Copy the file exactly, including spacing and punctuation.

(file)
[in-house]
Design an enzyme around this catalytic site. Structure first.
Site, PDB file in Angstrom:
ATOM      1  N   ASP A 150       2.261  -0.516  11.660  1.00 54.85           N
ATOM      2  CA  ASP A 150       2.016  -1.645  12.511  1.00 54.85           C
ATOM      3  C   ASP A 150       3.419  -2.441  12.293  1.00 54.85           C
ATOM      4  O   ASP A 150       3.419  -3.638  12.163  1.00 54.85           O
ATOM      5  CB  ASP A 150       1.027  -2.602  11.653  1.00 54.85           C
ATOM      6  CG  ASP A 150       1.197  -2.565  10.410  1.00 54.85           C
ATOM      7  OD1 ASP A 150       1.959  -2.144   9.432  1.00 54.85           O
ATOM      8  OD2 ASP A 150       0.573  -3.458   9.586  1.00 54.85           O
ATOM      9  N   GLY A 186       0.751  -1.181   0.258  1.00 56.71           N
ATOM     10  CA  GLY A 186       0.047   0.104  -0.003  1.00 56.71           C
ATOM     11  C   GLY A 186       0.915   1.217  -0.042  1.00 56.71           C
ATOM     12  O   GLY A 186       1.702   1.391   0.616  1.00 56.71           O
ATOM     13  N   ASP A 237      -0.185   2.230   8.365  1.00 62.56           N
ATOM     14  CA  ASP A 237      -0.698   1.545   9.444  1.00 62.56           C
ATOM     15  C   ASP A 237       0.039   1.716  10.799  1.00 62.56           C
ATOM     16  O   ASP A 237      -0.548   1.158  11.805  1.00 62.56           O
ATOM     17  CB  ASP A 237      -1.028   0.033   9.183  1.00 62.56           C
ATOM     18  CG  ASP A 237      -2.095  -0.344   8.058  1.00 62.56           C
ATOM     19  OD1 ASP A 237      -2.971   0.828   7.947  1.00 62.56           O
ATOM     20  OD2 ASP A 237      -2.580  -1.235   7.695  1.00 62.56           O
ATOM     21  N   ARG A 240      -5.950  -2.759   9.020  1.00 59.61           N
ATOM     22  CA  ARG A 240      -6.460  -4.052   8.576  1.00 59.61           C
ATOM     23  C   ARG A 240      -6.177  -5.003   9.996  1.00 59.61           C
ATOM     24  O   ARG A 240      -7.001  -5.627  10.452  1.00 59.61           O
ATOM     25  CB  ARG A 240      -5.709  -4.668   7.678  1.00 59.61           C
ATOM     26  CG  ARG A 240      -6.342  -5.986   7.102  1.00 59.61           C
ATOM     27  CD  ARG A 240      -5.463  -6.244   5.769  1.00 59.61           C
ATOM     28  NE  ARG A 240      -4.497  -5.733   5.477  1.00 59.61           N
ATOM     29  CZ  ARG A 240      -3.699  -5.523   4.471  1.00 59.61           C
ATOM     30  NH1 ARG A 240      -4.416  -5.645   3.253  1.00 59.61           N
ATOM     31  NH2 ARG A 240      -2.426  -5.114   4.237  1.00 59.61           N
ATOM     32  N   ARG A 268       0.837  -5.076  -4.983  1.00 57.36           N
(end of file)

[in-house]
Design an enzyme around this catalytic site. Structure first.
Site, PDB file in Angstrom:
ATOM      1  N   ASP A 150       2.261  -0.516  11.660  1.00 54.85           N
ATOM      2  CA  ASP A 150       2.016  -1.645  12.511  1.00 54.85           C
ATOM      3  C   ASP A 150       3.419  -2.441  12.293  1.00 54.85           C
ATOM      4  O   ASP A 150       3.419  -3.638  12.163  1.00 54.85           O
ATOM      5  CB  ASP A 150       1.027  -2.602  11.653  1.00 54.85           C
ATOM      6  CG  ASP A 150       1.197  -2.565  10.410  1.00 54.85           C
ATOM      7  OD1 ASP A 150       1.959  -2.144   9.432  1.00 54.85           O
ATOM      8  OD2 ASP A 150       0.573  -3.458   9.586  1.00 54.85           O
ATOM      9  N   GLY A 186       0.751  -1.181   0.258  1.00 56.71           N
ATOM     10  CA  GLY A 186       0.047   0.104  -0.003  1.00 56.71           C
ATOM     11  C   GLY A 186       0.915   1.217  -0.042  1.00 56.71           C
ATOM     12  O   GLY A 186       1.702   1.391   0.616  1.00 56.71           O
ATOM     13  N   ASP A 237      -0.185   2.230   8.365  1.00 62.56           N
ATOM     14  CA  ASP A 237      -0.698   1.545   9.444  1.00 62.56           C
ATOM     15  C   ASP A 237       0.039   1.716  10.799  1.00 62.56           C
ATOM     16  O   ASP A 237      -0.548   1.158  11.805  1.00 62.56           O
ATOM     17  CB  ASP A 237      -1.028   0.033   9.183  1.00 62.56           C
ATOM     18  CG  ASP A 237      -2.095  -0.344   8.058  1.00 62.56           C
ATOM     19  OD1 ASP A 237      -2.971   0.828   7.947  1.00 62.56           O
ATOM     20  OD2 ASP A 237      -2.580  -1.235   7.695  1.00 62.56           O
ATOM     21  N   ARG A 240      -5.950  -2.759   9.020  1.00 59.61           N
ATOM     22  CA  ARG A 240      -6.460  -4.052   8.576  1.00 59.61           C
ATOM     23  C   ARG A 240      -6.177  -5.003   9.996  1.00 59.61           C
ATOM     24  O   ARG A 240      -7.001  -5.627  10.452  1.00 59.61           O
ATOM     25  CB  ARG A 240      -5.709  -4.668   7.678  1.00 59.61           C
ATOM     26  CG  ARG A 240      -6.342  -5.986   7.102  1.00 59.61           C
ATOM     27  CD  ARG A 240      -5.463  -6.244   5.769  1.00 59.61           C
ATOM     28  NE  ARG A 240      -4.497  -5.733   5.477  1.00 59.61           N
ATOM     29  CZ  ARG A 240      -3.699  -5.523   4.471  1.00 59.61           C
ATOM     30  NH1 ARG A 240      -4.416  -5.645   3.253  1.00 59.61           N
ATOM     31  NH2 ARG A 240      -2.426  -5.114   4.237  1.00 59.61           N
ATOM     32  N   ARG A 268       0.837  -5.076  -4.983  1.00 57.36           N